Lawmakers to take aim at business tax exemption in wrap-up session
photo by: Nick Krug
TOPEKA — The chairmen of the Kansas House and Senate tax committees said this week they intend to take up bills during the wrap-up session that would either repeal, or scale back, one of the 2012 tax cuts that exempts more than 330,000 farm and business owners from paying any income tax.
But it remains to be seen whether Republican leaders will allow either of the bills to be fully debated by the full Legislature or, even if either of them were to pass, whether Brownback will allow such a bill to become law.
Lawmakers return to the Statehouse on Wednesday for the start of what many will hope to be a short wrap-up session. But with the state facing an estimated $291 million revenue shortfall over the next 16 months, and with all 165 seats in the Legislature up for election this year, there is intense political pressure for lawmakers at least to take a vote on the issue.
“There’s pressure from both sides,” said Rep. Marvin Kleeb, R-Overland Park, who chairs the House Taxation Committee. “There are groups and individuals advocating both sides of the issue.”
Sen. Les Donovan, R-Wichita, who chairs the Senate Assessment and Taxation Committee, said he intends to hold a hearing Thursday on one bill that already has significant Republican support.
Of all the tax cuts lawmakers enacted in 2012, the one that has drawn the most attention is the one that completely exempts so-called “pass through” income derived from sole proprietorships, limited partnerships and limited liability corporations.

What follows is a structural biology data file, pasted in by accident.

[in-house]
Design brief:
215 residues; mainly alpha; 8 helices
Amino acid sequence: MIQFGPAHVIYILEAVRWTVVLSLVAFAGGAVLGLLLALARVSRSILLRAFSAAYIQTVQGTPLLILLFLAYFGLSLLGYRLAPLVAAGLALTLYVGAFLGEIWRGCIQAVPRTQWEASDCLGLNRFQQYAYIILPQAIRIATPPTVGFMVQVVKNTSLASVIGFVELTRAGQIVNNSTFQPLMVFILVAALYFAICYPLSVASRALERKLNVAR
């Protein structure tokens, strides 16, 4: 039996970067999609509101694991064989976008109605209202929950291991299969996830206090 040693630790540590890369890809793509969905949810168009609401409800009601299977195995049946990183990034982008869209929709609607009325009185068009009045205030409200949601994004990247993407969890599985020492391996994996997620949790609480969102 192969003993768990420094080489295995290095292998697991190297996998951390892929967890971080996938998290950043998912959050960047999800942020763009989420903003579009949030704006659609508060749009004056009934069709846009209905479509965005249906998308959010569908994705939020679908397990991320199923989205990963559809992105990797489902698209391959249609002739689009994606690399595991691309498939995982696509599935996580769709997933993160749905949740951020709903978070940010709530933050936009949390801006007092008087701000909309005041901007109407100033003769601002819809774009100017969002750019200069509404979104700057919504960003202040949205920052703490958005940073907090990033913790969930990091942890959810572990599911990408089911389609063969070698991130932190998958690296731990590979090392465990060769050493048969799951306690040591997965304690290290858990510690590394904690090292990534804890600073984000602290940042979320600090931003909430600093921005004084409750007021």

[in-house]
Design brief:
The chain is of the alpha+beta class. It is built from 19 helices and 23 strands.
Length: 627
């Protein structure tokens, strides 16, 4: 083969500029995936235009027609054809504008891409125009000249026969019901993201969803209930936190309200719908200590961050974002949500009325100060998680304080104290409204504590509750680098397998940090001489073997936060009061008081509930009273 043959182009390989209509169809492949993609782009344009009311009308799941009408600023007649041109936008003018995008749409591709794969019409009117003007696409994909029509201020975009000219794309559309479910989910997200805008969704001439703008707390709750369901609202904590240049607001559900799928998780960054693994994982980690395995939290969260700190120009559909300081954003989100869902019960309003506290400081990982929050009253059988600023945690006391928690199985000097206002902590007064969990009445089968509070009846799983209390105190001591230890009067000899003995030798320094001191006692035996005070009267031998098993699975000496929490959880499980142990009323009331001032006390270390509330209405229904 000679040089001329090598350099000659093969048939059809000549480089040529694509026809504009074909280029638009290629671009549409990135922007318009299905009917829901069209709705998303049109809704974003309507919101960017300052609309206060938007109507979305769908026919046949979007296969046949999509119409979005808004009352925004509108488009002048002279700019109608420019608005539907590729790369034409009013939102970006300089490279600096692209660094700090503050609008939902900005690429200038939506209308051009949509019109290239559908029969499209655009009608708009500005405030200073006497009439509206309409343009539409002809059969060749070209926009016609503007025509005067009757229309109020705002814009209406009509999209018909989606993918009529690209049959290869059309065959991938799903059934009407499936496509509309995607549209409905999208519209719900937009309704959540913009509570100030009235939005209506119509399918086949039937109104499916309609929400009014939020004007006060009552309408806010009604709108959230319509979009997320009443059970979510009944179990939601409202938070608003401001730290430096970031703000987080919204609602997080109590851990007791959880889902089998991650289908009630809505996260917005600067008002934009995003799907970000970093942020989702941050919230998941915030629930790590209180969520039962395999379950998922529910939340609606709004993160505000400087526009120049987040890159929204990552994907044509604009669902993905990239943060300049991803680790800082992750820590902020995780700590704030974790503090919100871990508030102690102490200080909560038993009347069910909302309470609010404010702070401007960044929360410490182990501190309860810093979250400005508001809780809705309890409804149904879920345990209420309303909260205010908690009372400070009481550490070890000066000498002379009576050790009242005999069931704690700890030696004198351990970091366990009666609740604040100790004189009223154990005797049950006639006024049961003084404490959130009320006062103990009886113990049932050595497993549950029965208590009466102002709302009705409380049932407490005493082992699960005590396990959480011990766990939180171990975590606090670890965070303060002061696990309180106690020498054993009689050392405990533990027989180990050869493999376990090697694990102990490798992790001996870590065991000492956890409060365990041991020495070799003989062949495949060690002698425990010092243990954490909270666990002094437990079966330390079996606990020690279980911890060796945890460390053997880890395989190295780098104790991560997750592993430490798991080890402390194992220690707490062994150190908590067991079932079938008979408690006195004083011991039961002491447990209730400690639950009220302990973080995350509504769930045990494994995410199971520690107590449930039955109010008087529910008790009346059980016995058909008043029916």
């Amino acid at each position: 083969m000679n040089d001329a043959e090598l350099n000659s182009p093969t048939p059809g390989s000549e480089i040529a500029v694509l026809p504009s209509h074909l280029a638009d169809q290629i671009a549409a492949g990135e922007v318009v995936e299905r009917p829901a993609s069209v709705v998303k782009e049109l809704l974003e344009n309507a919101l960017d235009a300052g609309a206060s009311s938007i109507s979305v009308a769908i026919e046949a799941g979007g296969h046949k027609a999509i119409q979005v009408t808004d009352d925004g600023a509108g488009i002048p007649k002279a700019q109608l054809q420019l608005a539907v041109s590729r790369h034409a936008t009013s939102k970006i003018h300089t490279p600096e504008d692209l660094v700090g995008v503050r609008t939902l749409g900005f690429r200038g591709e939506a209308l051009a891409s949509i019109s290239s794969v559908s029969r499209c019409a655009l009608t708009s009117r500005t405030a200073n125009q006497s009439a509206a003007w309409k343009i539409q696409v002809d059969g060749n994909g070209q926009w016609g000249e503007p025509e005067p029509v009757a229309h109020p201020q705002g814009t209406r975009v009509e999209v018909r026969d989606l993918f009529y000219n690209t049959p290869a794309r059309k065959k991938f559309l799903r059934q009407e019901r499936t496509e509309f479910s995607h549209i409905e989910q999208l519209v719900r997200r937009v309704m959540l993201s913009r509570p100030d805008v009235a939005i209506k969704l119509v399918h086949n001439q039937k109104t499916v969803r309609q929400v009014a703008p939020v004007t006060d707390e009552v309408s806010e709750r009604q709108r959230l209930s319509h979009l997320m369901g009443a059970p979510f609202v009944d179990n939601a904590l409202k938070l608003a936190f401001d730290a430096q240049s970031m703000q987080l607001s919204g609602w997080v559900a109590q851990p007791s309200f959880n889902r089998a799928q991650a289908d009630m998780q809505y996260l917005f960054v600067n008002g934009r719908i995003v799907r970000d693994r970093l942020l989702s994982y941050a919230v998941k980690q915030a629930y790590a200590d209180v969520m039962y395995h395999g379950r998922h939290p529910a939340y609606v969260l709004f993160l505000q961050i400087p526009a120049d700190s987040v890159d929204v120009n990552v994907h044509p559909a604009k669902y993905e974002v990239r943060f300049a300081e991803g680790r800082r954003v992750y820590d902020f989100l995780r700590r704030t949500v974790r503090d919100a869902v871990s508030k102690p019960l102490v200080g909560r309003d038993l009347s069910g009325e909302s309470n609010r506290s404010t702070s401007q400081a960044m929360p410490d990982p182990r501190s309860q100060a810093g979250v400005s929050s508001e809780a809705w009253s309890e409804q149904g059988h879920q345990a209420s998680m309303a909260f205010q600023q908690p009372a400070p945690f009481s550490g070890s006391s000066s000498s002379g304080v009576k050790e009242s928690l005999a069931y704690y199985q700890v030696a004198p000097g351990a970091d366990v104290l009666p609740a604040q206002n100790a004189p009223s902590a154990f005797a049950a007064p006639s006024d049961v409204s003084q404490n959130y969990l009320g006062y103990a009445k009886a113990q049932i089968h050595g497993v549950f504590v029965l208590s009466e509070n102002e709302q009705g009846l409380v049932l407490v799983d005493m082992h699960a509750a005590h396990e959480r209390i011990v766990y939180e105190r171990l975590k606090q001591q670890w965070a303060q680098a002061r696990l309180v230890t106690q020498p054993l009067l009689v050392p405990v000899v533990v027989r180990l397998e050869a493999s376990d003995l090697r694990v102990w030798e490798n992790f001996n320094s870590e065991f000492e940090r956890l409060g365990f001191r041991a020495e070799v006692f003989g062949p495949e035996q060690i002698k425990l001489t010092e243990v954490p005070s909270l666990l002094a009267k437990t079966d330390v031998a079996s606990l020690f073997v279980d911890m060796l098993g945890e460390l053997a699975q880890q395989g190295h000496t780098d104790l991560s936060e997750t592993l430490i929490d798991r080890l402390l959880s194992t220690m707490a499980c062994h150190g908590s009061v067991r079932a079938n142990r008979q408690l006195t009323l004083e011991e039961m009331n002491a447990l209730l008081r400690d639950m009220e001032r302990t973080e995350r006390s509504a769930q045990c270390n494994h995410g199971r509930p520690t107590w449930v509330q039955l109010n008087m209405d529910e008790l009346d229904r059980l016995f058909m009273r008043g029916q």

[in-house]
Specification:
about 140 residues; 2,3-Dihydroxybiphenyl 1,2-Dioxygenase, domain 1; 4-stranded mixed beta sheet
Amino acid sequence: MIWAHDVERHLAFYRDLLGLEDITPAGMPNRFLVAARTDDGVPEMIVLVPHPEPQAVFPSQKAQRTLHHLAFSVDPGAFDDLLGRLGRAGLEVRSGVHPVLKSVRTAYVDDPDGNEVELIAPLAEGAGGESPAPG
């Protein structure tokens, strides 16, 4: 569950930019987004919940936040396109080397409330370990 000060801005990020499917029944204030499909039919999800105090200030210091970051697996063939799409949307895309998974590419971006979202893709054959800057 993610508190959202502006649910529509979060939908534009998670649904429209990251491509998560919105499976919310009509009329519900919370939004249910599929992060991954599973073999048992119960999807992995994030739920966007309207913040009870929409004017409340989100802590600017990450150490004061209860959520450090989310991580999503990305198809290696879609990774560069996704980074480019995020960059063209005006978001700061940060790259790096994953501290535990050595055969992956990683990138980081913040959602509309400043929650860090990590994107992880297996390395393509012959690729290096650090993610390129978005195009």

Senate Bill 508, which is backed by Senate Vice President Jeff King of Independence, along with Sens. Jim Denning and Greg Smith, both of Overland Park, would scale that exemption back so that 70 percent of that business income would be put back on the tax rolls.
Those supporters say that was the original legislative intent when lawmakers passed the tax cuts in 2012, exempting only what the federal tax code refers to as the “working capital” of those entities.
But Sen. Tom Holland, D-Baldwin City, said he sees little chance of Brownback allowing that bill to become law.
“I guess I’ll believe it when I see it,” he said. “He has so much personally invested, I just don’t see him dropping that.”
Donovan, who is retiring from the Legislature after this session, said he also plans to introduce a bill of his own, which he said would be broader than the other bill, and he predicted that other tax plans will be introduced as well.
“I anticipate that we’re going to have more than one hearing on tax issues before we go home,” he said.
Another bill pending in the House, H.B. 2444, by Rep. Mark Hutton, R-Wichita, would eliminate that tax exemption entirely, but would replace it with a dollar-for-dollar reduction in the state sales tax on food.
But Kleeb said that given the state’s financial condition, and the mood of many lawmakers in the face of the current budget crisis, it’s unlikely that the food sales tax provision of that bill will remain.
“After two days of hearings, the proponents of that bill were nearly unanimous that they would rather have the money go into the state general fund,” he said.
Kleeb did not guarantee that his committee would vote to move that bill to the full House during the wrap-up session. One particular reason is that House Speaker Ray Merrick, R-Stilwell, has indicated he doesn’t intend to work on any new legislation in the final days.
Rachel Whitten, Merrick’s press secretary, confirmed Tuesday that Merrick does not intend for the House to take up new legislation that would be open to full debate and possible amendments. That means it would only consider conference committee reports, or motions to concur or non-concur with bills sent over from the Senate.
House leaders have indicated they hope to complete the wrap-up session in as little as three to five days, but Sen. Donovan said he thinks it could be considerably longer.
“I have a different opinion (from the House) on that,” he said.